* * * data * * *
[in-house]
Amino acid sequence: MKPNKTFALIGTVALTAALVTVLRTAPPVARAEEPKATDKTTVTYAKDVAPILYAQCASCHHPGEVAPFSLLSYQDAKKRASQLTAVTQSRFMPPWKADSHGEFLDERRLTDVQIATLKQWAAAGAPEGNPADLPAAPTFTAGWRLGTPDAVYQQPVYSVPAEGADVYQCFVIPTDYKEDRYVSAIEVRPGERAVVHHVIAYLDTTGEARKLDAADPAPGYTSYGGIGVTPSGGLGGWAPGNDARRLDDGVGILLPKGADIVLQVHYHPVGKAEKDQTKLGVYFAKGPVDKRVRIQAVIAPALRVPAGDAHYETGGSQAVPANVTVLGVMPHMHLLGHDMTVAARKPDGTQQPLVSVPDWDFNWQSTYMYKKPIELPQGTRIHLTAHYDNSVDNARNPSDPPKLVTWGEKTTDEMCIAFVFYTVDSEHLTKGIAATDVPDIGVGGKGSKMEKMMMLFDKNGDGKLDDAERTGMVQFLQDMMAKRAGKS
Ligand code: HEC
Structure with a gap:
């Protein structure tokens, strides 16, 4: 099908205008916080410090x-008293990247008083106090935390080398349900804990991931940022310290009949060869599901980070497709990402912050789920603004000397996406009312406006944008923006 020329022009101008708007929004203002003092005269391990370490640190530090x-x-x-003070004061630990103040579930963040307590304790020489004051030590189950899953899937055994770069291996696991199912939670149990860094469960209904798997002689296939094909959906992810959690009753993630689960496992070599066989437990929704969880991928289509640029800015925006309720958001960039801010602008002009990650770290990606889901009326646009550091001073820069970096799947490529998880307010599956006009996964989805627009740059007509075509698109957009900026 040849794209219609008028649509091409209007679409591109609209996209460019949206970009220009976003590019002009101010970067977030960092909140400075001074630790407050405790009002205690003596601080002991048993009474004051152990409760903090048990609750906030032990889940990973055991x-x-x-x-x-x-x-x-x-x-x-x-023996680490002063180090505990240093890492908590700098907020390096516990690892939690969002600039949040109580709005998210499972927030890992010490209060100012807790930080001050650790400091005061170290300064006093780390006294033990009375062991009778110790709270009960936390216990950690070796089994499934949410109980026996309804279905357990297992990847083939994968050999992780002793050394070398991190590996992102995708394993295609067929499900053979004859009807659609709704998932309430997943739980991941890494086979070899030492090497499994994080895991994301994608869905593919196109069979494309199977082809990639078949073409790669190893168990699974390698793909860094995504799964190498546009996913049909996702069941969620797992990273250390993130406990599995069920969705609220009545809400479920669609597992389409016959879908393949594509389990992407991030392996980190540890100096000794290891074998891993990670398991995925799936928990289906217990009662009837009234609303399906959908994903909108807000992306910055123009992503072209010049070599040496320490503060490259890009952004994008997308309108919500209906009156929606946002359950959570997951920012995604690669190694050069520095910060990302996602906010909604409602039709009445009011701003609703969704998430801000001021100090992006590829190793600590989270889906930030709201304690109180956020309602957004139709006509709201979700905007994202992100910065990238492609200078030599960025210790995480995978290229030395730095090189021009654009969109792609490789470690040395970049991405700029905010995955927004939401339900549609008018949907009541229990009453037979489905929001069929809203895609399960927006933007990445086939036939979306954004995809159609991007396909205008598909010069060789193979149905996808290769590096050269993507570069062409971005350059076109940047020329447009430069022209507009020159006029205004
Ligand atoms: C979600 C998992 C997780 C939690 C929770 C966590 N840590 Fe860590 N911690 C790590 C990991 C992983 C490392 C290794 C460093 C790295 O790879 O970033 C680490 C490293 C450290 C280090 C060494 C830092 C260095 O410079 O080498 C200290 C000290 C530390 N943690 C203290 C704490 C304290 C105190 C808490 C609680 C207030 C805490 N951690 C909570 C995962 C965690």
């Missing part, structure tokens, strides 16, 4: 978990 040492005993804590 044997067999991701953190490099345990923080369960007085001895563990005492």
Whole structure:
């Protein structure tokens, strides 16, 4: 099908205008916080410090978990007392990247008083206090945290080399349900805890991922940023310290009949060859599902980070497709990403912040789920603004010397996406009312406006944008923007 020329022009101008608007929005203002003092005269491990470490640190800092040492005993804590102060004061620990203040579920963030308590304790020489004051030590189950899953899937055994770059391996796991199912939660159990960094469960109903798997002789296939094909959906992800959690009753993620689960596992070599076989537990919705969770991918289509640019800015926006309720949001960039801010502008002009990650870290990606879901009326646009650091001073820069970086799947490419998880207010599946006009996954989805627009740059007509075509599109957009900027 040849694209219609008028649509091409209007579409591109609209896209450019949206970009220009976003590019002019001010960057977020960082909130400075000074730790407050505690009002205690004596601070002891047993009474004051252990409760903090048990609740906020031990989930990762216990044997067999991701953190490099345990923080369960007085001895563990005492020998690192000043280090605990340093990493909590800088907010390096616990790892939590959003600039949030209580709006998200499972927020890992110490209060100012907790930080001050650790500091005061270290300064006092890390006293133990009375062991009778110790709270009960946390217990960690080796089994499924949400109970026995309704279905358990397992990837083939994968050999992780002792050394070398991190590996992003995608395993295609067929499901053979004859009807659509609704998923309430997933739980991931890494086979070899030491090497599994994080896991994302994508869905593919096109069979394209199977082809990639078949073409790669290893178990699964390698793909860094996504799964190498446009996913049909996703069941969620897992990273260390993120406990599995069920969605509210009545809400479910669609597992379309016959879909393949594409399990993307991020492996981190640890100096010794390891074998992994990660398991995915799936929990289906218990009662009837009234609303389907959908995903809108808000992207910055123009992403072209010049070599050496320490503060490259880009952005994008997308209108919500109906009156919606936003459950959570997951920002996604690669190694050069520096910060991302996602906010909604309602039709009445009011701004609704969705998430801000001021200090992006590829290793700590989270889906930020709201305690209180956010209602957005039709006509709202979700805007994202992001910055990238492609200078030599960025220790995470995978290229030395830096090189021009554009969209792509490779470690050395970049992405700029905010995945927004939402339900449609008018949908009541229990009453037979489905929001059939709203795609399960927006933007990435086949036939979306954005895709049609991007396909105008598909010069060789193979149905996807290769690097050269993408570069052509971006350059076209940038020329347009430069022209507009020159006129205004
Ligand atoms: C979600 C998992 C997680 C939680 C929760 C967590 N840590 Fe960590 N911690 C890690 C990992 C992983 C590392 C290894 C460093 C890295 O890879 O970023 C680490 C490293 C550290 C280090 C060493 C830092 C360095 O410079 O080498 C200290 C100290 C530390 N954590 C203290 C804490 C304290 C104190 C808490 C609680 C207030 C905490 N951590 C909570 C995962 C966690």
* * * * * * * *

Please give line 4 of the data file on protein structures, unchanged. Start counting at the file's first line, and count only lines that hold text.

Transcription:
Structure with a gap: